department of the ^linistry of the Interior, and Wilhelm von Humboldt was placed at its head. The University of Berlin was created in 1807
;

school

programmes
of

were

reformed

the

state
;

certification

teachers was

made compulsory

and Prussian students were sent to Switzerland to study under Pestalozzi, and to prepare for
In the followteaching in the training colleges. ing years the training institutions were much

SECT. 7.]

THE PRESENT SYSTEM

167

extended and improved, and the secondary schools were strengthened by the estabhshment of the
leaving certificate system. Since then the chief developments have been, " modern " scliools, and, first, the growth of the
secondly,
control.

"

"

the

extension of

state

authority and

independent ministry for ecclesiastical and educational matters was established

In

1817 an

1825 provincial School Boards {Proin the same vinzial-SckulkoUegien) were formed
;

in

year the laws regarding compulsory attendance were re-enacted and made really effective and in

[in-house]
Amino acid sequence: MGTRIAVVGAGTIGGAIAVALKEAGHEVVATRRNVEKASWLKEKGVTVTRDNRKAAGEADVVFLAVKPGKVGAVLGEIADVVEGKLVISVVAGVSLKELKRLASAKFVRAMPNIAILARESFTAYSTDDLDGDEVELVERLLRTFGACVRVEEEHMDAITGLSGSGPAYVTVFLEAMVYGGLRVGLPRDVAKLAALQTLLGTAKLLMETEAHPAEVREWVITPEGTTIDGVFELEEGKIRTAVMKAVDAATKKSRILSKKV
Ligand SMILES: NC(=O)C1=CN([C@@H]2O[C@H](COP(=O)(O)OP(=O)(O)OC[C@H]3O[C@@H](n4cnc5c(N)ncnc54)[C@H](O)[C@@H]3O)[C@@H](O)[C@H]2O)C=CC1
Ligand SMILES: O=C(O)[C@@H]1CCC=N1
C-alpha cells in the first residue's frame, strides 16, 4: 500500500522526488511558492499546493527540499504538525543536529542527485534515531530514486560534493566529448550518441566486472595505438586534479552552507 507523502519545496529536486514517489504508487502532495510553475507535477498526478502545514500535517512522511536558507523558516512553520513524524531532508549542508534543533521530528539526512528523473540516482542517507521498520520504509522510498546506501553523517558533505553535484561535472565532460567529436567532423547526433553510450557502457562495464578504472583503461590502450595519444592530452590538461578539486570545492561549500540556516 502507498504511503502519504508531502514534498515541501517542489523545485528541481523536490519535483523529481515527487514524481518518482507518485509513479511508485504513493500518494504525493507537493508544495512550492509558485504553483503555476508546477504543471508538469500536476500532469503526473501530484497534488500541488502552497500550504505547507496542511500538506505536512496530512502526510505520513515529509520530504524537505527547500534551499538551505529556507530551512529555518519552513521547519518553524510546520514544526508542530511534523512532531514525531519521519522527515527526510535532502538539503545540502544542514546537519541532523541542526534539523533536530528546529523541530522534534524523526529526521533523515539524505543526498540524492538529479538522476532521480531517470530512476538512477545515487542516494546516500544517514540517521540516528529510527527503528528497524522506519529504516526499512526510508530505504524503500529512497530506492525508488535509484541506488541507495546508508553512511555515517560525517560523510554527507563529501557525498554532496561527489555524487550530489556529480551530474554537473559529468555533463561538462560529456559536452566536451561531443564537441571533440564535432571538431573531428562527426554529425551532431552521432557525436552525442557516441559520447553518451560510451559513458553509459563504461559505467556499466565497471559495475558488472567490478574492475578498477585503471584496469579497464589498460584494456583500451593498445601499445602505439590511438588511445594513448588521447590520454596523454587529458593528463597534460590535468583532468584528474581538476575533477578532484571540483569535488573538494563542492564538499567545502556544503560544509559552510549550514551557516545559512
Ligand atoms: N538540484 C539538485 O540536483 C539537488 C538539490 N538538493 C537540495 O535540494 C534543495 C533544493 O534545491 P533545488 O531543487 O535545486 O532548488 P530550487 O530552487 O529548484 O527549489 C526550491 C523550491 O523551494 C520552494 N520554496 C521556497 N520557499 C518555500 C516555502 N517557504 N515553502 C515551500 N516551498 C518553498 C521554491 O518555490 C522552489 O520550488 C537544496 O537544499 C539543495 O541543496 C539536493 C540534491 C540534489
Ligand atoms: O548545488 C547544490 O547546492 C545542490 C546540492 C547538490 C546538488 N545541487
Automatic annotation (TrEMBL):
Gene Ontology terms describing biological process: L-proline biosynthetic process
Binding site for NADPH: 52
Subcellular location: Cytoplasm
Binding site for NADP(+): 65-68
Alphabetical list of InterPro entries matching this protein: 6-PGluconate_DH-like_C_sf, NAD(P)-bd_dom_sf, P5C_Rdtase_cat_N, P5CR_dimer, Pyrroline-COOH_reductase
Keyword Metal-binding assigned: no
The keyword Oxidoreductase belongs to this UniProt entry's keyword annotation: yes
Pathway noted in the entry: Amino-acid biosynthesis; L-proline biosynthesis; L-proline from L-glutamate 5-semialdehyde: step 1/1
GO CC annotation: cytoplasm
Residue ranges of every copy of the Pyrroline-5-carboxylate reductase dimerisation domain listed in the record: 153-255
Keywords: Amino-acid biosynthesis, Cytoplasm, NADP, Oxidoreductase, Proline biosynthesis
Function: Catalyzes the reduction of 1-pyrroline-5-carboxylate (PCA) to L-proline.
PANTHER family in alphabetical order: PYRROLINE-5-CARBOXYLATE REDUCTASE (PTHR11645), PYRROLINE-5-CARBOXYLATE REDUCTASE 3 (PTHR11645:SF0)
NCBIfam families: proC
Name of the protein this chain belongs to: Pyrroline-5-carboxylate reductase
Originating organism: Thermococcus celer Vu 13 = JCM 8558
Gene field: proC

;

1850 public school teachers were declared to be civil servants. In 1872, during the long Kulturkampf, all private schools were brought under
state inspection.

At
tions
^

the foot of the ladder of educational instituin

(b)

The

present

elementary schools organieation. {Folkschulen), supplemented by the Burgerschulen (which correspond roughly to our higher grade
Prussia
are

the

schools)

schools. continuation and evening schools is free and Attendance at the elementary compulsory between the ages of six and fourteen, " and there is no " half-time system whilst attend;

ance at the evening continuation schools (trade and other) can be made compulsory up to eighteen The secondary schools are the years of age.^

Gymncmcn
^

(classical

schools)

and Progymnasien

useful short account of the institutions will be found in


p. 506.

Stotzner, Das Offend icfuj Untcrrichtswcscn Dcutschlands.

H. de Grais, Handbiich,

168

PRUSSIAN LOCAL ADMINISTRATION


which Latin

[chap. hi.